Developing and validating subjective and objective risk-assessment measures for predicting mortality after major surgery: An international prospective cohort study

Danny J.N. Wong, Steve Harris, Arun Sahni, James R. Bedford, Laura Cortes, Richard Shawyer, Andrew M. Wilson, Helen A. Lindsay, Doug Campbell, Scott Popham, Lisa M. Barneto, Paul S. Myles, SNAP-2: EPICCS collaborators, S. Ramani Moonesinghe

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Background Preoperative risk prediction is important for guiding clinical decision-making and resource allocation. Clinicians frequently rely solely on their own clinical judgement for risk prediction rather than objective measures. We aimed to compare the accuracy of freely available objective surgical risk tools with subjective clinical assessment in predicting 30-day mortality. Methods and findings We conducted a prospective observational study in 274 hospitals in the United Kingdom (UK), Australia, and New Zealand. For 1 week in 2017, prospective risk, surgical, and outcome data were collected on all adults aged 18 years and over undergoing surgery requiring at least a 1-night stay in hospital. Recruitment bias was avoided through an ethical waiver to patient consent; a mixture of rural, urban, district, and university hospitals participated. We compared subjective assessment with 3 previously published, open-access objective risk tools for predicting 30-day mortality: the Portsmouth-Physiology and Operative Severity Score for the enUmeration of Mortality (P-POSSUM), Surgical Risk Scale (SRS), and Surgical Outcome Risk Tool (SORT). We then developed a logistic regression model combining subjective assessment and the best objective tool and compared its performance to each constituent method alone. We included 22,631 patients in the study: 52.8% were female, median age was 62 years (interquartile range [IQR] 46 to 73 years), median postoperative length of stay was 3 days (IQR 1 to 6), and inpatient 30-day mortality was 1.4%. Clinicians used subjective assessment alone in 88.7% of cases. All methods overpredicted risk, but visual inspection of plots showed the SORT to have the best calibration. The SORT demonstrated the best discrimination of the objective tools (SORT Area Under Receiver Operating Characteristic curve [AUROC] = 0.90, 95% confidence interval [CI]: 0.88–0.92; P-POSSUM = 0.89, 95% CI 0.88–0.91; SRS = 0.85, 95% CI 0.82–0.87). Subjective assessment demonstrated good discrimination (AUROC = 0.89, 95% CI: 0.86–0.91) that was not different from the SORT (p = 0.309). Combining subjective assessment and the SORT improved discrimination (bootstrap optimism-corrected AUROC = 0.92, 95% CI: 0.90–0.94) and demonstrated continuous Net Reclassification Improvement (NRI = 0.13, 95% CI: 0.06–0.20, p < 0.001) compared with subjective assessment alone. Decision-curve analysis (DCA) confirmed the superiority of the SORT over other previously published models, and the SORT–clinical judgement model again performed best overall. Our study is limited by the low mortality rate, by the lack of blinding in the ‘subjective’ risk assessments, and because we only compared the performance of clinical risk scores as opposed to other prediction tools such as exercise testing or frailty assessment. Conclusions In this study, we observed that the combination of subjective assessment with a parsimonious risk model improved perioperative risk estimation. This may be of value in helping clinicians allocate finite resources such as critical care and to support patient involvement in clinical decision-making.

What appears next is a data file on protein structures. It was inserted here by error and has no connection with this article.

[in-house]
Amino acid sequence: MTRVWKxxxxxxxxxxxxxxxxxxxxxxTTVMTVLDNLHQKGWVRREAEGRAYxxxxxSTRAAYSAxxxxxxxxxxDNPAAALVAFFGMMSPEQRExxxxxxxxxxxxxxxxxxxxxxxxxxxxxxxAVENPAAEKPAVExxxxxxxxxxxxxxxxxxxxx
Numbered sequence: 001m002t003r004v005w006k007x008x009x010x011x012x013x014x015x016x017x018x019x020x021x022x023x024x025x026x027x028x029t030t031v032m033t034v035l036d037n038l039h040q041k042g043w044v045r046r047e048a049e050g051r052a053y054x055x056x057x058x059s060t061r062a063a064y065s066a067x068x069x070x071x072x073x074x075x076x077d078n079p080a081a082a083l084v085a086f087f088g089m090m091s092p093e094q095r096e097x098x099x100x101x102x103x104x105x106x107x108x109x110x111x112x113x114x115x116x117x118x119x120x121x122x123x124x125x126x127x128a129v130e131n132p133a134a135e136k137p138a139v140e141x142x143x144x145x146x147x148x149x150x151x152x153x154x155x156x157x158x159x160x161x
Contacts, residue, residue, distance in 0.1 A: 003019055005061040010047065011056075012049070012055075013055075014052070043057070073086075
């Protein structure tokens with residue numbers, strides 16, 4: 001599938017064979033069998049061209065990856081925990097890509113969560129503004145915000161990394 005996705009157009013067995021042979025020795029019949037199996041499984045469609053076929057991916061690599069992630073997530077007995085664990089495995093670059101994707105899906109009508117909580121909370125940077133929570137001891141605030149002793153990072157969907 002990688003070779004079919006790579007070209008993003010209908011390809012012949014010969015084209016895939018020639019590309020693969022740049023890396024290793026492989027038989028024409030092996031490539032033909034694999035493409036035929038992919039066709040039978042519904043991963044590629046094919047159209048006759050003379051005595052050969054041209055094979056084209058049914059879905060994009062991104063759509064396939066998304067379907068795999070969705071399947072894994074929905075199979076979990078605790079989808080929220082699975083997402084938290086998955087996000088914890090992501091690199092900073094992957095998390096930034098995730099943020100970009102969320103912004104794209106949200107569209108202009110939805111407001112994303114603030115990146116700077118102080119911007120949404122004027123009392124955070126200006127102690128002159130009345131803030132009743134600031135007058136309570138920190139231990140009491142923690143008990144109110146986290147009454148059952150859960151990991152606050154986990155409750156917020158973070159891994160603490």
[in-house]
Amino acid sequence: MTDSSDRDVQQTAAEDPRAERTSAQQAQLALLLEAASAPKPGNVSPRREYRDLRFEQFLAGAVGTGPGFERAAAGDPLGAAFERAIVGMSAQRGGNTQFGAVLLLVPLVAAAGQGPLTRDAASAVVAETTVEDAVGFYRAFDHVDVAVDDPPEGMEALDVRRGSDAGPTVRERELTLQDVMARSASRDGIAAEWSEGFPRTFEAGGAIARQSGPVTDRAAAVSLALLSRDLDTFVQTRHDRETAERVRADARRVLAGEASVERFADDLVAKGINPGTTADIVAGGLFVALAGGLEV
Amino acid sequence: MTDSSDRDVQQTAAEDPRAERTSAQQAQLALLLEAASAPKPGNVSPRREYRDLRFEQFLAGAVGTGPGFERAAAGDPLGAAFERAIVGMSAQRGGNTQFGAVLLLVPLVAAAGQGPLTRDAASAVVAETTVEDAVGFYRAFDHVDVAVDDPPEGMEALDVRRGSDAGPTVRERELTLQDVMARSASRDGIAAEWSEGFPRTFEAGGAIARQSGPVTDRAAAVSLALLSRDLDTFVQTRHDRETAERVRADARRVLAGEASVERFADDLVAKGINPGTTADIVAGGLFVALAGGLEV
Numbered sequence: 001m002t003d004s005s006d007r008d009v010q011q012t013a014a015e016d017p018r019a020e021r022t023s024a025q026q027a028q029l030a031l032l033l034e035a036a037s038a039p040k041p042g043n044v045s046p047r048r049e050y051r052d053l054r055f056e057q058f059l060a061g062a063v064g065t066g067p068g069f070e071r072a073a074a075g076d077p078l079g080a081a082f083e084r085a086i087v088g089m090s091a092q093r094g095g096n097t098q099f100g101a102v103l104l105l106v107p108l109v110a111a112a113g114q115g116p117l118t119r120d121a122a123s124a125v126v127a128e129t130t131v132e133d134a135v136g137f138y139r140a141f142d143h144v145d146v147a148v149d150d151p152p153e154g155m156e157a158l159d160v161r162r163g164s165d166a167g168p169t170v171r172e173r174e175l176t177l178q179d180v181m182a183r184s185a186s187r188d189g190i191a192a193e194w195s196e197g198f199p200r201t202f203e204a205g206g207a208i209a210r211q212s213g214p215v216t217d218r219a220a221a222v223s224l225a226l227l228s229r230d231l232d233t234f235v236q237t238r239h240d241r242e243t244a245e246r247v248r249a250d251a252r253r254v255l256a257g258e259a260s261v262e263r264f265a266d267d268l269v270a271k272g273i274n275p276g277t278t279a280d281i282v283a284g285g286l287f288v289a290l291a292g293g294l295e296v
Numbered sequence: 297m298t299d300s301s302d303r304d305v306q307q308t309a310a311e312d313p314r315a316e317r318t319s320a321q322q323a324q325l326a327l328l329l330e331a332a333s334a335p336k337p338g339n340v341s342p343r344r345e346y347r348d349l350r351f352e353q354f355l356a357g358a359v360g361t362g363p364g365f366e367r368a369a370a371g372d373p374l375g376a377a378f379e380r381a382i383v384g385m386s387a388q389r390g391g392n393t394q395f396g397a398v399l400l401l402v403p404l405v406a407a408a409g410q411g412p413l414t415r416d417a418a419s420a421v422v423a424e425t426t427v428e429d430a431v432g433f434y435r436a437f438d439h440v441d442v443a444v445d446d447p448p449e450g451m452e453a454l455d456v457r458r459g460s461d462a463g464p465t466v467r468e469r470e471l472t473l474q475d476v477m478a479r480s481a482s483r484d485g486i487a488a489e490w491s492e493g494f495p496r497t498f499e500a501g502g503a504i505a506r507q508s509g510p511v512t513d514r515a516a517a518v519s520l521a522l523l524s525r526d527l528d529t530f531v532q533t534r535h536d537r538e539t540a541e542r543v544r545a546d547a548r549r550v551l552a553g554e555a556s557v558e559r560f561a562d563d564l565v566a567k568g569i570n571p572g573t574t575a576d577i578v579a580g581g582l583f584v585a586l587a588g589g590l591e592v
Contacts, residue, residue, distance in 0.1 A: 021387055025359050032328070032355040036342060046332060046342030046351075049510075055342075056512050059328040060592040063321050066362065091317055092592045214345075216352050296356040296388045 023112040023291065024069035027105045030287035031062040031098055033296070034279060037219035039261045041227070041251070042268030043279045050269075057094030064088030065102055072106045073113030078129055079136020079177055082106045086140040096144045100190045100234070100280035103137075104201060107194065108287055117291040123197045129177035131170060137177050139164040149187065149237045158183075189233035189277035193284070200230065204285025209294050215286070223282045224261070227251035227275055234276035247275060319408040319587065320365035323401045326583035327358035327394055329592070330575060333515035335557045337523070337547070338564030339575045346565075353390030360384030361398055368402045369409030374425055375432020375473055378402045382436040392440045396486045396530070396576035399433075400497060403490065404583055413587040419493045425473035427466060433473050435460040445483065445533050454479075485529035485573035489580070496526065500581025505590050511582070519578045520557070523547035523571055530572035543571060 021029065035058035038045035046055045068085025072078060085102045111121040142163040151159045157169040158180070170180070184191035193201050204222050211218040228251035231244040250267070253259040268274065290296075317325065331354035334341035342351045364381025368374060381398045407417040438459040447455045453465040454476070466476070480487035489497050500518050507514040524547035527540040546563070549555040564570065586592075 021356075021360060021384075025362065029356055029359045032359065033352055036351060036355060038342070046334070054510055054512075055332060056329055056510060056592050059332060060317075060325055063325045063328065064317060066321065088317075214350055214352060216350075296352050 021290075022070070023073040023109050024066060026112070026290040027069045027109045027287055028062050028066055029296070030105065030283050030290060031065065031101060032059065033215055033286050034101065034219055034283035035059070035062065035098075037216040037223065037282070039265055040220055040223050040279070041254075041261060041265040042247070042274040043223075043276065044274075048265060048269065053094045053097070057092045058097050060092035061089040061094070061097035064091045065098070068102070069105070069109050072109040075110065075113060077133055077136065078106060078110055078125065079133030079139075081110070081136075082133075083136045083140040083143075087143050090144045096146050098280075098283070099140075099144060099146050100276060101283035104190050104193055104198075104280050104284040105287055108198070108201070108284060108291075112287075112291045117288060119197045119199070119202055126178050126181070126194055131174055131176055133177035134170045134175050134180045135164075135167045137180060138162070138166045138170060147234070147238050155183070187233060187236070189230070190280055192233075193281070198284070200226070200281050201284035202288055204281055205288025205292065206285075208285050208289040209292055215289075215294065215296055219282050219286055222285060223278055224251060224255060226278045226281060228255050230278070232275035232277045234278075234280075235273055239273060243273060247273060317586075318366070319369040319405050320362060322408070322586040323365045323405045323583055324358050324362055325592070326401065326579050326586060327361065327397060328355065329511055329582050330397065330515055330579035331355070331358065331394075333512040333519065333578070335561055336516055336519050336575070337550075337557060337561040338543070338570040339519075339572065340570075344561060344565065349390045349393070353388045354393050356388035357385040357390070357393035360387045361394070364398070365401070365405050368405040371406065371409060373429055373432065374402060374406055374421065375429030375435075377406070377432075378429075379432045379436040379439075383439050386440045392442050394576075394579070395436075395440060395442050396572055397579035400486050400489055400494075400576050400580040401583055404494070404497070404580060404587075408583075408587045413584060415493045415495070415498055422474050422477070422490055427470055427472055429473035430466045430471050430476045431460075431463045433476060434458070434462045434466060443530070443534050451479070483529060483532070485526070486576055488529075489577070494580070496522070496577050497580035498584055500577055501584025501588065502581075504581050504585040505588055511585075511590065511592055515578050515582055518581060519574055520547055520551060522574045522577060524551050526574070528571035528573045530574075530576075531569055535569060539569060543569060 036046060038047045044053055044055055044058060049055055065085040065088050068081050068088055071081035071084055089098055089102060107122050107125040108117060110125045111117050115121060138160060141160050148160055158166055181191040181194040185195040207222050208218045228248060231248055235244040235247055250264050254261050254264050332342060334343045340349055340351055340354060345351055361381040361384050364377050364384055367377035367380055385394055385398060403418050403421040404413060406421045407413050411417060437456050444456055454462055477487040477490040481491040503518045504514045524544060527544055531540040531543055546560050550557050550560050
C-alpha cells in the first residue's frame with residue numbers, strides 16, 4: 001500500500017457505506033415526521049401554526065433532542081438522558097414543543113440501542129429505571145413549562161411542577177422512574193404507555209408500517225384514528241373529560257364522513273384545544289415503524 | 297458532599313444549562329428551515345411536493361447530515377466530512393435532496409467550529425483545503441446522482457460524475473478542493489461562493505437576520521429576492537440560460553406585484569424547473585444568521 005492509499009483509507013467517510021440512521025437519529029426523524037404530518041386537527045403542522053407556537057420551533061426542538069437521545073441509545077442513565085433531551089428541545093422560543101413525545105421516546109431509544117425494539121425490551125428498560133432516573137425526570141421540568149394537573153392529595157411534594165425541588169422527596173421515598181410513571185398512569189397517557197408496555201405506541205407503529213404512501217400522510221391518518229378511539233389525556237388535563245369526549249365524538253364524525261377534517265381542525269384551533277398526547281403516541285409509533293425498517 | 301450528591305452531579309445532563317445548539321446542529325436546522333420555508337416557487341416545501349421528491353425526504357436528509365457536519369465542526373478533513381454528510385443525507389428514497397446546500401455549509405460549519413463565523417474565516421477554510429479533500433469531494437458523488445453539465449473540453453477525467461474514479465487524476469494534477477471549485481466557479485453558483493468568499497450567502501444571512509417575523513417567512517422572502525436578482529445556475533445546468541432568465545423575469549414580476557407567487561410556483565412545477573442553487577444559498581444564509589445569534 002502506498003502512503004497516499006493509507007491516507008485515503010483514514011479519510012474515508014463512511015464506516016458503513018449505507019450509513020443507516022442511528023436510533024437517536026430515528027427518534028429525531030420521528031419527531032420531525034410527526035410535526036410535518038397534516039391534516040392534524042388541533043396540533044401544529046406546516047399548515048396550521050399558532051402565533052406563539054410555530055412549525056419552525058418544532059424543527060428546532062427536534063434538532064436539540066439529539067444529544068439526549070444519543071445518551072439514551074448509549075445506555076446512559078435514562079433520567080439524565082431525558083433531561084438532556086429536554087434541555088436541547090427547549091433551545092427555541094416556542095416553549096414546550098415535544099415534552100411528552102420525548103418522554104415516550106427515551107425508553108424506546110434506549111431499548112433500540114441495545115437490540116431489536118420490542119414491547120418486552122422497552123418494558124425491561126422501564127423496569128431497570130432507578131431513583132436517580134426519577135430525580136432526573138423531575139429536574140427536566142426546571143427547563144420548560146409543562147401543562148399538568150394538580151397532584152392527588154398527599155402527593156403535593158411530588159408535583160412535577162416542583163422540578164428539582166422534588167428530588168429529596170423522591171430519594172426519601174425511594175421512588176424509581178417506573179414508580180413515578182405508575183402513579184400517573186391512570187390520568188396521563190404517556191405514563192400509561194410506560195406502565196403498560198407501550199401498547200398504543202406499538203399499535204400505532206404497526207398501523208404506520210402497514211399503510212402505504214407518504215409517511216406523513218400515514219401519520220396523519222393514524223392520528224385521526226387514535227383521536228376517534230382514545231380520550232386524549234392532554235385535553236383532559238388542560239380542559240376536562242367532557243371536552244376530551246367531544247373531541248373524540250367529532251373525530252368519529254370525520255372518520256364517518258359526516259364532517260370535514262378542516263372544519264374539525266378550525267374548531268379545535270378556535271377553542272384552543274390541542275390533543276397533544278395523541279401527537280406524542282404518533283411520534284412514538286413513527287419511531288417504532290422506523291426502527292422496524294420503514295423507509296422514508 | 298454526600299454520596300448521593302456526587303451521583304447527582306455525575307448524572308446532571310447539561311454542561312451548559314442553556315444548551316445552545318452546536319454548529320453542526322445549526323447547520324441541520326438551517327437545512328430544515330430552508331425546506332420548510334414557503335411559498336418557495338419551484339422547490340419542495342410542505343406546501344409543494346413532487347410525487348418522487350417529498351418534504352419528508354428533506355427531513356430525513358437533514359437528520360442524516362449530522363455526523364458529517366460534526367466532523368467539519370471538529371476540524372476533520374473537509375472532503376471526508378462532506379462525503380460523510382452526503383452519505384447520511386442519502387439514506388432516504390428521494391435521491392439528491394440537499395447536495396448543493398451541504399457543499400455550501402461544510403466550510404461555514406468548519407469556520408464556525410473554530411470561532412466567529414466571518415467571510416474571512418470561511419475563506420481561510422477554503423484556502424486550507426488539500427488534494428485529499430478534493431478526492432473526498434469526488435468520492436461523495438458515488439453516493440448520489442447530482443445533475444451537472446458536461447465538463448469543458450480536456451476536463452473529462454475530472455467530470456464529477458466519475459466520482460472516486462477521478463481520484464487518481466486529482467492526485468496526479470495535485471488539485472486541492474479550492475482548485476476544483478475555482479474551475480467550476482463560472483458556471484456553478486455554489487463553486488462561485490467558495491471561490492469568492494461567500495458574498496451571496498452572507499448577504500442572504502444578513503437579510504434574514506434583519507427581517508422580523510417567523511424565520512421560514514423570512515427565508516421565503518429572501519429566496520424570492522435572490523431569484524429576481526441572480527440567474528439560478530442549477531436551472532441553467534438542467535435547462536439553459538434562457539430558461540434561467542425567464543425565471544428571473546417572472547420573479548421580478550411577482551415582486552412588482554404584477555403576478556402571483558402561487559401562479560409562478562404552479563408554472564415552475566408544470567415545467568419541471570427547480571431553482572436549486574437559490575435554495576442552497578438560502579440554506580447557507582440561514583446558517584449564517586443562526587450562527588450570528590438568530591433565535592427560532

Original languageEnglish
Article numbere1003253
Number of pages22
JournalPLoS Medicine
Issue number10
Publication statusPublished - 15 Oct 2020
Externally publishedYes

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